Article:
Simple Gifts

At the beginning of this post, let’s take a listen and a look at Dr. Rudy Tanzi and actor and recording artist Chris Mann at a TEDxNatick meeting where he talks about curing Alzheimer’s Disease with Science and Songs. Alzheimer’s is growing alarmingly as our “lifespan” is rapidly outpacing our “brainspan”.

Let’s face it. In the U.S. only, there are almost 5.5 million Alzheimer’s patients as more than 70 million baby boomers are heading straight toward high-risk ages. So Alzheimer’s Disease alone could easily and singlehandedly crush the U.S. healthcare system completely.

But there’s also some good news. Dozens of our genes related to Alzheimer’s have now been identified, meaning the chances of stopping this terrible disease have never been any greater. Dr. Rudy Tanzi works at Massachusetts General Hospital and is a Professor of Neurology at Harvard University and is world renown for his groundbreaking work and on Alzheimer’s disease.

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Enjoying an Active Lifestyle

In the following video, Alan M. Cohen gives us a complete summary of his supplementary diet that has really helped him stop Alzheimer’s Disease and even reverse the symptoms. Alan says he took a cocktail 2-3 times per week of Razadyne, Omega 3 Fish Oil, Curry, organic flax seed cereal, Vitamin B12 (Chicken heart, liver, and gizzards for Vitamin B12 augmentation, multivitamin without iron, and Vflaxseed. He says to take the vitamin supplements and Razadyne regularly every day or you’ll regress and that it may take a few months for the cocktail to be effective.

I overheard a nurse saying that what Alan did makes complete sense and that had been hearing the same sounds for many years. And let’s be honest, when you’re in doubt, you should open your mind to reading and hearing about inflammation and our brain. Alzheimer’s Disease is a terrible condition so if some dietary changes will improve one’s life, just give it a go, wouldn’t you think?

Many people will get desperate and try anything to improve the condition their loved ones are in. I’ll tell you, both my parents are suffering from Alzheimer’s and turmeric and coconut oil have really made an enormous difference. Sure. it won’t make my parents 20 years old again, but this diet made them regained their laughter and personality again. Fortunately, some of the fog is lifted and let’s face it, all individuals are different and our medical world has definitely failed humanity regarding dementia.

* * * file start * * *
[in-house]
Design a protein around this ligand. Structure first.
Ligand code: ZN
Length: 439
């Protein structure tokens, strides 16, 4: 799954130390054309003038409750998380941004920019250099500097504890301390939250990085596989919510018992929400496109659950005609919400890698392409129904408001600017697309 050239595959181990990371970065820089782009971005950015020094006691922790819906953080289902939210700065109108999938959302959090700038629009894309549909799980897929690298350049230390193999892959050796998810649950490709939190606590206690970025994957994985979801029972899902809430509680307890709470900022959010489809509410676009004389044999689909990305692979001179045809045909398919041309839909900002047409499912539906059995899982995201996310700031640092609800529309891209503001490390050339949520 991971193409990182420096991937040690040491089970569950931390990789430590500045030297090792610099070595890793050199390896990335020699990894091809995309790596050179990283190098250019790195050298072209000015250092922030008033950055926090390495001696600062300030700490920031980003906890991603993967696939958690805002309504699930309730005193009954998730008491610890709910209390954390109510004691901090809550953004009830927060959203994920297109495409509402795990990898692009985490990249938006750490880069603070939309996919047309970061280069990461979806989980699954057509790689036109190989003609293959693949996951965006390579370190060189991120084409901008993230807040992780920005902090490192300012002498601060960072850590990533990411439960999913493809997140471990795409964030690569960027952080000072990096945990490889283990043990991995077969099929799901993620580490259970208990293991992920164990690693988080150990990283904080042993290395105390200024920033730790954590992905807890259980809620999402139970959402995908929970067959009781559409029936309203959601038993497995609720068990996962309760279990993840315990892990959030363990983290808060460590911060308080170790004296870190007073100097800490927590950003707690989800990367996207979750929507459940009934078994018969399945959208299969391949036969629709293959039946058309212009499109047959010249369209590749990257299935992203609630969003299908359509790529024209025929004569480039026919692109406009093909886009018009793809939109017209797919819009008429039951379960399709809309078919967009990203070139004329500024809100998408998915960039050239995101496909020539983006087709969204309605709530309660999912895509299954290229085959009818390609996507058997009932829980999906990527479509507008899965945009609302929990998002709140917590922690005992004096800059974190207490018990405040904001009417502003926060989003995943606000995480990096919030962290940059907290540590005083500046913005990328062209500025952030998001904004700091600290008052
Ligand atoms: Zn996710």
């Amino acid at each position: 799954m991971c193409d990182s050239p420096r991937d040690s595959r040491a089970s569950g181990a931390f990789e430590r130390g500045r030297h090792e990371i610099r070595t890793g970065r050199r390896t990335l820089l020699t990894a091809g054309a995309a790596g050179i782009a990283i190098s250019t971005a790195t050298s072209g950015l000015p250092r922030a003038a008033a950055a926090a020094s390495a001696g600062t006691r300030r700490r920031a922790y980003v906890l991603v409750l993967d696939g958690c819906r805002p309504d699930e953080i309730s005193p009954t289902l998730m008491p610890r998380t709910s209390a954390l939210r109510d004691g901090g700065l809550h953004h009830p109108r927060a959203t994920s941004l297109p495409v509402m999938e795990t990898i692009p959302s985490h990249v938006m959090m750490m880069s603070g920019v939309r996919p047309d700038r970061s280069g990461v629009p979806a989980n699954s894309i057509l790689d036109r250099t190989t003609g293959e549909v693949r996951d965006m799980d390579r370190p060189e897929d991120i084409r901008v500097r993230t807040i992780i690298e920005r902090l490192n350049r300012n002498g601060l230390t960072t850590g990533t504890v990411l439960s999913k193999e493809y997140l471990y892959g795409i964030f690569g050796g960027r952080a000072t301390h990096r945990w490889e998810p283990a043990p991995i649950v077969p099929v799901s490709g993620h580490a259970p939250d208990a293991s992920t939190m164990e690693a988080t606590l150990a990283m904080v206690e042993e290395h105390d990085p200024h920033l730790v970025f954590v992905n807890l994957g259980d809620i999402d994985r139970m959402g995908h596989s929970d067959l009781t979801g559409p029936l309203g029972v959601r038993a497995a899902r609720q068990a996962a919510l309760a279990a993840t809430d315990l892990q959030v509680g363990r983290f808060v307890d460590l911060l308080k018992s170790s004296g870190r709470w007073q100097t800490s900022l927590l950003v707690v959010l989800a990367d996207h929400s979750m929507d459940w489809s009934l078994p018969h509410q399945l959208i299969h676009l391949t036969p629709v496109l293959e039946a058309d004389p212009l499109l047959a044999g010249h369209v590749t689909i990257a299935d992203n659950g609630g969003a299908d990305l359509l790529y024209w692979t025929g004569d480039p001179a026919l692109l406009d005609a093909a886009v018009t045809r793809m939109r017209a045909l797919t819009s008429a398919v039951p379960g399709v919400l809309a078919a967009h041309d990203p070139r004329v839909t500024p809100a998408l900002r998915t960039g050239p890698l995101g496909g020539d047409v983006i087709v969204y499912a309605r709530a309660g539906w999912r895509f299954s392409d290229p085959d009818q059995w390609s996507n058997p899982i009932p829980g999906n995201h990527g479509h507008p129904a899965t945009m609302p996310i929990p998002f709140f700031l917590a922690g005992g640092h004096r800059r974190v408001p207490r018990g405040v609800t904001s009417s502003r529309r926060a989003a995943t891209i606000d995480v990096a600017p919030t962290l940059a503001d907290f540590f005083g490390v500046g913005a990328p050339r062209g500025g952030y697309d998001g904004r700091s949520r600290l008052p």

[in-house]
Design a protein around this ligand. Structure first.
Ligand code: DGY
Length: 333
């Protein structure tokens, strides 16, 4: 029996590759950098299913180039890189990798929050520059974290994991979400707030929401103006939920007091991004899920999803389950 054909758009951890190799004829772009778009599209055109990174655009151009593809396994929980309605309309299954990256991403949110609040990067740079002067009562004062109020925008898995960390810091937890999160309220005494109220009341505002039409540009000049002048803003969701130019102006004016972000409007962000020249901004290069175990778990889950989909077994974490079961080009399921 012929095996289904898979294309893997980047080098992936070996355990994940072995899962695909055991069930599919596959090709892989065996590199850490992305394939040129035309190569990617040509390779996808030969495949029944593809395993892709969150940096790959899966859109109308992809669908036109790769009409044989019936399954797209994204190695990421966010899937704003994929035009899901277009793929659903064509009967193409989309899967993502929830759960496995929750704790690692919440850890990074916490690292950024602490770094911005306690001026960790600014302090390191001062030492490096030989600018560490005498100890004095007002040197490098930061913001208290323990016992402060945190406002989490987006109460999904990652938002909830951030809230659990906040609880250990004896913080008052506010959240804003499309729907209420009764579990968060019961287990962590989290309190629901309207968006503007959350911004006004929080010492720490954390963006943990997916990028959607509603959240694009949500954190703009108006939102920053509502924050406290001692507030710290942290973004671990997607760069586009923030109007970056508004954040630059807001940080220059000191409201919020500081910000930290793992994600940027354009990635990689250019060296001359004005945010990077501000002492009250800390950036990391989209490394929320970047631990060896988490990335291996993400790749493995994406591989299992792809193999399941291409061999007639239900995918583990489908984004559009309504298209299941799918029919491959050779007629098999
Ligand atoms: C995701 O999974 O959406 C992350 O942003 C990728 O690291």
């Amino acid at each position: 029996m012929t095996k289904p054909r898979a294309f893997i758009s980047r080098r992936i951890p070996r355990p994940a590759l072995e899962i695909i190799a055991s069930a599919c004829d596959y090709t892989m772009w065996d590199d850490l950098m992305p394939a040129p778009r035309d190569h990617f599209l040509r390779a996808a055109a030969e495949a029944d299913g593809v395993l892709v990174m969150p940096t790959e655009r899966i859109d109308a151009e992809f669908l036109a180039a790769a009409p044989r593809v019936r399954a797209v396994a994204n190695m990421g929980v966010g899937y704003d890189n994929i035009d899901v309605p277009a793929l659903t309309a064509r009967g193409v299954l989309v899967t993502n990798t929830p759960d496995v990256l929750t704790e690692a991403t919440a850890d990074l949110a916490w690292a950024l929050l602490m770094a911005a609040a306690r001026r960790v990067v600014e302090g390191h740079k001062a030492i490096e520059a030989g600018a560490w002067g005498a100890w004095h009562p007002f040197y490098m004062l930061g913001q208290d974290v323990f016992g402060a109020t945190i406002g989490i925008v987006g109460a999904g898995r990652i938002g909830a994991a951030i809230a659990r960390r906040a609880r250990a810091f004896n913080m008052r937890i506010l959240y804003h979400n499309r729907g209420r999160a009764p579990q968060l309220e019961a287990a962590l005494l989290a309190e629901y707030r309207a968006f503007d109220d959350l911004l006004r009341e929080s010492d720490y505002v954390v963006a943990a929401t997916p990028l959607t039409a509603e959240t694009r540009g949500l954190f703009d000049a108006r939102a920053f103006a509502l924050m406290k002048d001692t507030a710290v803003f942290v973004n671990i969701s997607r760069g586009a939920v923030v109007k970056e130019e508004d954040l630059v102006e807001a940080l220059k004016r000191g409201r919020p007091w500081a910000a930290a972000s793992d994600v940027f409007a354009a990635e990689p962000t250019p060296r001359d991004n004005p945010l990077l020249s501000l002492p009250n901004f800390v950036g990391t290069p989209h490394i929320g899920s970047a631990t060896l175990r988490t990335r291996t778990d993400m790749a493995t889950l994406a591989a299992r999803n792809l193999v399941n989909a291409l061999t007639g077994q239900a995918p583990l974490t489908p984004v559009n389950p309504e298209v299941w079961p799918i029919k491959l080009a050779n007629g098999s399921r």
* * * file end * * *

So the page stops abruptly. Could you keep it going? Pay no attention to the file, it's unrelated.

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Breaking through the Barriers of Silence

In the following video, Dr. Robert Moir, an Assistant Professor at the Department of Neurology of Massachusetts General Hospital and at Harvard Medical School, is sharing his views on the question “Are Infections Causing Alzheimer’s Disease?” at a TEDxCambridgeSalon meeting in October 2018.

Worldwide, more than 50 million individuals are suffering from Alzheimer’s disease. The disease is basically incurable and fatal. Dr. Robert Moir is sharing new and groundbreaking research results that suggest that suggests that infection may play a crucial role in Alzheimer’s and this may help to point us in the direction of urgently needed new strategies for treatment.

Now let’s take a look at what we here wanted to do something to make a difference. We wanted to help those faced with a similar situation to somehow share our knowledge. As authors and educators, the answer was simple…a book written from two very different perspectives.

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Donation box for the Alzheimer Society

Alzheimer’s Disease and Power Foods for the Brain. Let’s first listen to Dr. Neal Barnard at a recent TEDxBismarck meeting where he speaks about his groundbreaking study and research on dietary interventions in diabetes type 2 funded mainly by the U.S. National Institute of Health.

Neil Barnard has conducted a great number of research studies on the effects of nutritious diets on body weight, chronic pain, and diabetes. Dr. Barnard wrote 17 books as well as more than 70 scientific publications on, among others, these subjects. He is chair of the U.S. Physicians Committee and has led many programs to advocate good nutrition, preventive medicine, and a higher ethical standard in our research.

Now let’s take a look at the story of the people who run Julien’s Pastry Shops in Halifax. My wife June and I run a busy service center and gift shop on the Trans Canada Highway near Sault Ste. Marie. One day a young woman asked us if we would display a donation box for the Alzheimer Society. It was on a day like today with Christmas rapidly approaching so I decided to give her all the help I could to collect the so-much-needed funds.

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Excuses for Memory Slips

In the following video, science and health journalist Max Lugavere talks at a TEDxVeniceBeach meeting about how Dementia is preventable if people change their lifestyles. In this talk, Max talks about lifestyle changes and fascinating diets that may lead to a significant reduction in risks of developing dementia and Alzheimer’s disease.

Max was always pretty close with his mom and when she started to show the first signs of dementia when she was only in her 50s, Max was shocked to the core. Dementia was an old people’s disease, wasn’t it? Well, Max knew that drug trials had a near one hundred percent failure rate, so he started out looking what to so.